What is Green Manure?

If you are new to growing your own crops, then you may have heard people talk about green manure without having a clue about what it is or what it does? Green Manure may not sound very pleasant but it is a wonderous medium for the health of your soil and subsequent crops.

A green manure is a crop that is grown to benefit the soil rather than to cut or to eat. It is a quick growing seed which can be sown where you have free space in your raised beds or vegetable plot. The green manure crop is then dug into the soil a few months later as rich organic matter full of beneficial soil nutrients. Green manures also help to suppress weed growth in your empty vegetable beds and so are most often used during late Autumn and Wintertime. 

This mix includes clovers, rye grass and white mustard. 

The process of growing a crop solely to benefit the health of the soil and subsequent planting is not a new idea but after World War 2 man-made chemicals were produced that could enhance plant growth, increase productivity, kill pests and diseases and generally replaced the need to look after the soil organically. So much more is now known about the harmful effects of some chemicals on humans and our predatory insects that there is a greater awareness of returning to more natural ways of ensuring the soil and the subsequent crop, is healthy.

Green manuring is an easy, effective and cost efficient method of:

Improving Soil Structure – Some green manures have deep penetrative roots that can open up the soil which is of great benefit on heavy, clay soils as it allows for improved drainage. On lighter soils, green manure once dug in, can help the particles of soil bind together so they can hold water better.

Suppressing Weeds – Green manure crops grow quickly and their very leafy growth smothers weeds. It is a living mulch which suppresses weeds and retains moisture in the soil which is why they are commonly used during times of the year when vegetable beds may be lying fallow.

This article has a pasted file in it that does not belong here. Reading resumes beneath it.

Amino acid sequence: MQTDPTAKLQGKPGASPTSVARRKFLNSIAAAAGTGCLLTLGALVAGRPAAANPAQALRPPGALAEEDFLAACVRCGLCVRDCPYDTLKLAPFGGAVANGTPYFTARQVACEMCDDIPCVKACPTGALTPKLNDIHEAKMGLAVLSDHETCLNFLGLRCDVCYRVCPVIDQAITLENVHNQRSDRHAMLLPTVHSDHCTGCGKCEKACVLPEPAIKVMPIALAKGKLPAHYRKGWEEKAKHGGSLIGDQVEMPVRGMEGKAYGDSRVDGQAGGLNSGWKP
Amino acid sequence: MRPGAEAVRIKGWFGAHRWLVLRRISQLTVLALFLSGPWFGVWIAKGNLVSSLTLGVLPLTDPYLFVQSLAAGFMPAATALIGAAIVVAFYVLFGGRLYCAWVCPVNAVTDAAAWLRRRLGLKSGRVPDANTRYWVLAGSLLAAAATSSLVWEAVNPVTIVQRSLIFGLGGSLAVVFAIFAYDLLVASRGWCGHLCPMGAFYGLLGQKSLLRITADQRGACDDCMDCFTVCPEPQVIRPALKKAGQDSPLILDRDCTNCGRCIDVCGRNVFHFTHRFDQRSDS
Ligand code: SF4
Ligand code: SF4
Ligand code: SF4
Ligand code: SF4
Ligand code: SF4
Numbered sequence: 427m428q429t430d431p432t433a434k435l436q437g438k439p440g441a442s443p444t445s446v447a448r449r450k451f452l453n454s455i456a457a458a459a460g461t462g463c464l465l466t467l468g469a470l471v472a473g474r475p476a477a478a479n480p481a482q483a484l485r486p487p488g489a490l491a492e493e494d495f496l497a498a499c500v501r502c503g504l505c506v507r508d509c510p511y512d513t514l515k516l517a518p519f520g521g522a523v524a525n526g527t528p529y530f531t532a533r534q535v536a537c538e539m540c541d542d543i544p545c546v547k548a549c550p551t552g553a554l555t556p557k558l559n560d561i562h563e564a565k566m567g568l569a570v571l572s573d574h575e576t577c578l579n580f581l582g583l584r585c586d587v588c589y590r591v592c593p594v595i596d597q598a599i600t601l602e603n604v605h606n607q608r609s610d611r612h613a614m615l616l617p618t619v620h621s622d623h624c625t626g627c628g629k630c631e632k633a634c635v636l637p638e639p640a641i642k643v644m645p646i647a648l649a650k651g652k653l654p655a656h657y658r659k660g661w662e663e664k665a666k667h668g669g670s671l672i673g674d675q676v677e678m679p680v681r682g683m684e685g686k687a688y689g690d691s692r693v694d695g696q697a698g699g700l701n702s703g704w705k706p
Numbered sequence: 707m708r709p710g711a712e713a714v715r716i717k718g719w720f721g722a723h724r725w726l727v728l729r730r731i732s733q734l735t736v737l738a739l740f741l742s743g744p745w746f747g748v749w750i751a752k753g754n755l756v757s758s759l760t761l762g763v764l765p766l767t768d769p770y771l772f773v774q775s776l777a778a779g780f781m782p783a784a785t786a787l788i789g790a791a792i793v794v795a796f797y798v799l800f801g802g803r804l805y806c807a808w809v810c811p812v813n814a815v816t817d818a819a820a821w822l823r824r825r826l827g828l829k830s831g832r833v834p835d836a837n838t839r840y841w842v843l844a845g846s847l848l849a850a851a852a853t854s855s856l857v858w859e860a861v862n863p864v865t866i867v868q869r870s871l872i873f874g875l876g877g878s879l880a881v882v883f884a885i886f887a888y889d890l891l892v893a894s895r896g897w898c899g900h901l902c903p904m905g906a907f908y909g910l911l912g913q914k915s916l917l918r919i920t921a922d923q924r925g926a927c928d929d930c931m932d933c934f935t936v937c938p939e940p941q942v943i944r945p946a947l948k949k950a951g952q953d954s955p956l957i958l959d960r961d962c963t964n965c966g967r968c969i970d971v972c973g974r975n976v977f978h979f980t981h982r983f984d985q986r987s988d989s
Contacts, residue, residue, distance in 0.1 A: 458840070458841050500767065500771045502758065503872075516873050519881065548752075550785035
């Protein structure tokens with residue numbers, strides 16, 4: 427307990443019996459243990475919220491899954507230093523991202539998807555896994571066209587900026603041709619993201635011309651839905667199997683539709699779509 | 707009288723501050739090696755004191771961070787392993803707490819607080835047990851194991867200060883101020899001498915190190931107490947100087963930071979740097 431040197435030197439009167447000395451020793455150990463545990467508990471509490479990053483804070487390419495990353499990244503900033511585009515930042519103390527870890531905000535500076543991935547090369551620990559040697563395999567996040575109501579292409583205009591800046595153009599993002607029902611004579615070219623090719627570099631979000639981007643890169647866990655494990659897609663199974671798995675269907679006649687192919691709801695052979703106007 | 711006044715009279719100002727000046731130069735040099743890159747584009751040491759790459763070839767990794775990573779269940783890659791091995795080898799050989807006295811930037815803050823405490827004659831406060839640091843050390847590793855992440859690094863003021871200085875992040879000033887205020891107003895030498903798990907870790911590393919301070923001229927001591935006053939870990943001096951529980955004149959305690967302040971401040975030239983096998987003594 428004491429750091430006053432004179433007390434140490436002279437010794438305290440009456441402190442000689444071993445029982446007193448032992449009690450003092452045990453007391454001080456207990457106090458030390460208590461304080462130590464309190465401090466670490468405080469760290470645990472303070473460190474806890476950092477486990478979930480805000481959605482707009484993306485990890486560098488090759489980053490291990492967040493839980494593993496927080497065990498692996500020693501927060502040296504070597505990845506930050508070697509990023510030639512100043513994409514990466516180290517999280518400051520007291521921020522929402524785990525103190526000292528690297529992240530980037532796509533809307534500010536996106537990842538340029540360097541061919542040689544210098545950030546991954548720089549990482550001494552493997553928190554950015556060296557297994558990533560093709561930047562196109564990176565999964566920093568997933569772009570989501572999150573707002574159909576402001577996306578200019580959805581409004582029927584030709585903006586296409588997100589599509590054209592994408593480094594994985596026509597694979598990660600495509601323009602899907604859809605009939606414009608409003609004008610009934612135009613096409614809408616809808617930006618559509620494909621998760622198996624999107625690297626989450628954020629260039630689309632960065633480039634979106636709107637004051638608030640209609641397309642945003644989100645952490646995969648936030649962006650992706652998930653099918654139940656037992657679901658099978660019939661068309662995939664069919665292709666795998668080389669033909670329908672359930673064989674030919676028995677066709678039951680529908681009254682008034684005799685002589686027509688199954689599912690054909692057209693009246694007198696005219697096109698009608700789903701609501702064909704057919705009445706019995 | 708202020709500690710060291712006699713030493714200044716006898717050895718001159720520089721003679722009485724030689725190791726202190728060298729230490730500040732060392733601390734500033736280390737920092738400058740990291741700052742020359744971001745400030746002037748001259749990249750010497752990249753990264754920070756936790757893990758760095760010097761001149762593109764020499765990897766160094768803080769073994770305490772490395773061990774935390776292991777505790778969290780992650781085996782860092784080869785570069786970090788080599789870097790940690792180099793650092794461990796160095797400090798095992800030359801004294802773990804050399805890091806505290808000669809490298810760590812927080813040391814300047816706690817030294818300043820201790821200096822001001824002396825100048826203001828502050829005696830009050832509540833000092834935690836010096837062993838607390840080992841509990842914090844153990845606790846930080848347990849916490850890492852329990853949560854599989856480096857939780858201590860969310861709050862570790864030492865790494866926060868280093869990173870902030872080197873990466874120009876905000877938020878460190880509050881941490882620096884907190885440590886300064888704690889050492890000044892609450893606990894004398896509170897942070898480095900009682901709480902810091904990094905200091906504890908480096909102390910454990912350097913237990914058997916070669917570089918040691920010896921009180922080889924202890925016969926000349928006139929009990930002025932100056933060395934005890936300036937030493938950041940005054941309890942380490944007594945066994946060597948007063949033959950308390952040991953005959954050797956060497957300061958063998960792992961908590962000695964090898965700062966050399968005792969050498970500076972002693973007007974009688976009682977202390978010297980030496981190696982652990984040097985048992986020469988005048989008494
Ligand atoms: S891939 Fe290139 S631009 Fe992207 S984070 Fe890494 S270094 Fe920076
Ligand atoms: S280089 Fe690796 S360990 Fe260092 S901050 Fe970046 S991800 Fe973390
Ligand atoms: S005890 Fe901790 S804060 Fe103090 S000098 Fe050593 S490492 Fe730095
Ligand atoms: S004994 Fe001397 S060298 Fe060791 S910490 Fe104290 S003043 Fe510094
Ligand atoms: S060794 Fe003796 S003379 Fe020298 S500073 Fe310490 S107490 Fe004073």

Freshly sown green manure seeds
Green manure growth after 3 weeks

Adding Nutrients – Some soils need a rest to recover from constant cultivation and by planting with a green manure it will help soil fertility and structure with very little effort. Certain green manures absorb nitrogen from the air and fix it in root nodules on their roots so that when it is dug in it becomes available to the following crop. Nitrogen is important for healthy stem and leaf growth.

Protecting Soil – As a living mulch, a green manure during Wintertime, helps to protect the soil from compaction due to heavy rainfall which often erodes nutrients from the soil.

Green manures are sown and then cut down before flowering so as to prevent seeds growing. The plant material then be dug in and left to decompose but allow 30 days before planting the next crop.

If you are a fan of a no dig system on your plot you simply cut down the green manure crop and leave the foliage on the ground to decompose. This layer is treated as a mulch and planted through or the foliage can also be removed and composted.

It pays to do a bit more research into what individuals green manure crops can add to your soil depending on your own particular needs but for the price of a packet of green manure seeds, you can add rich organic matter full of beneficial soil nutrients to your vegetable plot to help increase soil structure and fertility, in time for planting up again in Springtime.

This mix includes clovers to fix nitrogen in the soil, providing nutrients for crops and also contains rye grass and white mustard to improve soil structure. 

Leave a Reply

Fill in your details below or click an icon to log in:

WordPress.com Logo

You are commenting using your WordPress.com account. Log Out /  Change )

Google photo

You are commenting using your Google account. Log Out /  Change )

Twitter picture

You are commenting using your Twitter account. Log Out /  Change )

Facebook photo

You are commenting using your Facebook account. Log Out /  Change )

Connecting to %s

Powered by WordPress.com.

Up ↑

%d bloggers like this: